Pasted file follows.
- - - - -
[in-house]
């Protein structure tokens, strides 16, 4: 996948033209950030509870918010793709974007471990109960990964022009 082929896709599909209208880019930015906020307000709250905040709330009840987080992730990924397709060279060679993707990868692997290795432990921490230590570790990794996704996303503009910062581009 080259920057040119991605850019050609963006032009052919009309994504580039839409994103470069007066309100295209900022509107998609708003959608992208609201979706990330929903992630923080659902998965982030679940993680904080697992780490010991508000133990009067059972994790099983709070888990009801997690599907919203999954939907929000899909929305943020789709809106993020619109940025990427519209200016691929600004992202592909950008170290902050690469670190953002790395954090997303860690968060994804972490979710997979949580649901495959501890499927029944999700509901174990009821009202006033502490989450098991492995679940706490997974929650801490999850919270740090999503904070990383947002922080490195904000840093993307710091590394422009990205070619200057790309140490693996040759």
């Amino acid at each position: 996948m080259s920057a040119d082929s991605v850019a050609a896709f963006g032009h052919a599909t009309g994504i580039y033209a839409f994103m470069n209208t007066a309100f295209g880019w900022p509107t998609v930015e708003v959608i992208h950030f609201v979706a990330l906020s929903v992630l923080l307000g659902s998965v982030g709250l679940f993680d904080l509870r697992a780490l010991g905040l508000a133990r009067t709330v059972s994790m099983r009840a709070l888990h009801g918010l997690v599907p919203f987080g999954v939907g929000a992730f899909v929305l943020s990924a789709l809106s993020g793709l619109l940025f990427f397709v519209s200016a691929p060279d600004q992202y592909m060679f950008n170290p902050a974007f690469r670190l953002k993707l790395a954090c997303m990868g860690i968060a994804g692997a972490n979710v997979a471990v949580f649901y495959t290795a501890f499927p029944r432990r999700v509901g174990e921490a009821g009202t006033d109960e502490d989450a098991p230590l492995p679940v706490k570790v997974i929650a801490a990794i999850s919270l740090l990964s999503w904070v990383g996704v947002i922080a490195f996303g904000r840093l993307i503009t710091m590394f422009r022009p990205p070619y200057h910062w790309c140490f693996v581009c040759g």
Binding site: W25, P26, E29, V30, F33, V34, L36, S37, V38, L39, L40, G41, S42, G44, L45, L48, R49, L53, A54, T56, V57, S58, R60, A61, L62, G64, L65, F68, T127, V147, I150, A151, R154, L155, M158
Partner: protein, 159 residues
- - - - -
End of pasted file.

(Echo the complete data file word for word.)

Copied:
[in-house]
């Protein structure tokens, strides 16, 4: 996948033209950030509870918010793709974007471990109960990964022009 082929896709599909209208880019930015906020307000709250905040709330009840987080992730990924397709060279060679993707990868692997290795432990921490230590570790990794996704996303503009910062581009 080259920057040119991605850019050609963006032009052919009309994504580039839409994103470069007066309100295209900022509107998609708003959608992208609201979706990330929903992630923080659902998965982030679940993680904080697992780490010991508000133990009067059972994790099983709070888990009801997690599907919203999954939907929000899909929305943020789709809106993020619109940025990427519209200016691929600004992202592909950008170290902050690469670190953002790395954090997303860690968060994804972490979710997979949580649901495959501890499927029944999700509901174990009821009202006033502490989450098991492995679940706490997974929650801490999850919270740090999503904070990383947002922080490195904000840093993307710091590394422009990205070619200057790309140490693996040759």
């Amino acid at each position: 996948m080259s920057a040119d082929s991605v850019a050609a896709f963006g032009h052919a599909t009309g994504i580039y033209a839409f994103m470069n209208t007066a309100f295209g880019w900022p509107t998609v930015e708003v959608i992208h950030f609201v979706a990330l906020s929903v992630l923080l307000g659902s998965v982030g709250l679940f993680d904080l509870r697992a780490l010991g905040l508000a133990r009067t709330v059972s994790m099983r009840a709070l888990h009801g918010l997690v599907p919203f987080g999954v939907g929000a992730f899909v929305l943020s990924a789709l809106s993020g793709l619109l940025f990427f397709v519209s200016a691929p060279d600004q992202y592909m060679f950008n170290p902050a974007f690469r670190l953002k993707l790395a954090c997303m990868g860690i968060a994804g692997a972490n979710v997979a471990v949580f649901y495959t290795a501890f499927p029944r432990r999700v509901g174990e921490a009821g009202t006033d109960e502490d989450a098991p230590l492995p679940v706490k570790v997974i929650a801490a990794i999850s919270l740090l990964s999503w904070v990383g996704v947002i922080a490195f996303g904000r840093l993307i503009t710091m590394f422009r022009p990205p070619y200057h910062w790309c140490f693996v581009c040759g």
Binding site: W25, P26, E29, V30, F33, V34, L36, S37, V38, L39, L40, G41, S42, G44, L45, L48, R49, L53, A54, T56, V57, S58, R60, A61, L62, G64, L65, F68, T127, V147, I150, A151, R154, L155, M158
Partner: protein, 159 residues